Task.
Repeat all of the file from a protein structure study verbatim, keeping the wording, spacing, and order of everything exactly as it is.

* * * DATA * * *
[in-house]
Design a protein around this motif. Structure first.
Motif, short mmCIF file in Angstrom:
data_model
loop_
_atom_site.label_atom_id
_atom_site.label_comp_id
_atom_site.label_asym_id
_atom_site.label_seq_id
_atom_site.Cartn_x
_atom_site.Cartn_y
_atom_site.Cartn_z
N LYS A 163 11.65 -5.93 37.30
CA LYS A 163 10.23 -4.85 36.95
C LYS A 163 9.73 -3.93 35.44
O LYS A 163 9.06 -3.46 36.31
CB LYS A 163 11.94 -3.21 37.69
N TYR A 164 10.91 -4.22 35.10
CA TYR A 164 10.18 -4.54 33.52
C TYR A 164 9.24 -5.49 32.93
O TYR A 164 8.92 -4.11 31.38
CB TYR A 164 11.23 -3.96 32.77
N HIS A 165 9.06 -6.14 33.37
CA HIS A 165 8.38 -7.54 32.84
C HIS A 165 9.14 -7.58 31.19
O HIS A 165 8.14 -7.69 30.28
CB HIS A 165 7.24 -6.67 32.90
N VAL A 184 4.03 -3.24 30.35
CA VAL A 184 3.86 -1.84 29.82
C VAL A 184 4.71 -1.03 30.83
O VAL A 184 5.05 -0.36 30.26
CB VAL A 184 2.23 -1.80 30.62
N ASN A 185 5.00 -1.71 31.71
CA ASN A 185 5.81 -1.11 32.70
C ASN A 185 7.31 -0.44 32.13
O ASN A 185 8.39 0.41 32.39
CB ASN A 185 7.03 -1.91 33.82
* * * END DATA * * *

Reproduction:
[in-house]
Design a protein around this motif. Structure first.
Motif, short mmCIF file in Angstrom:
data_model
loop_
_atom_site.label_atom_id
_atom_site.label_comp_id
_atom_site.label_asym_id
_atom_site.label_seq_id
_atom_site.Cartn_x
_atom_site.Cartn_y
_atom_site.Cartn_z
N LYS A 163 11.65 -5.93 37.30
CA LYS A 163 10.23 -4.85 36.95
C LYS A 163 9.73 -3.93 35.44
O LYS A 163 9.06 -3.46 36.31
CB LYS A 163 11.94 -3.21 37.69
N TYR A 164 10.91 -4.22 35.10
CA TYR A 164 10.18 -4.54 33.52
C TYR A 164 9.24 -5.49 32.93
O TYR A 164 8.92 -4.11 31.38
CB TYR A 164 11.23 -3.96 32.77
N HIS A 165 9.06 -6.14 33.37
CA HIS A 165 8.38 -7.54 32.84
C HIS A 165 9.14 -7.58 31.19
O HIS A 165 8.14 -7.69 30.28
CB HIS A 165 7.24 -6.67 32.90
N VAL A 184 4.03 -3.24 30.35
CA VAL A 184 3.86 -1.84 29.82
C VAL A 184 4.71 -1.03 30.83
O VAL A 184 5.05 -0.36 30.26
CB VAL A 184 2.23 -1.80 30.62
N ASN A 185 5.00 -1.71 31.71
CA ASN A 185 5.81 -1.11 32.70
C ASN A 185 7.31 -0.44 32.13
O ASN A 185 8.39 0.41 32.39
CB ASN A 185 7.03 -1.91 33.82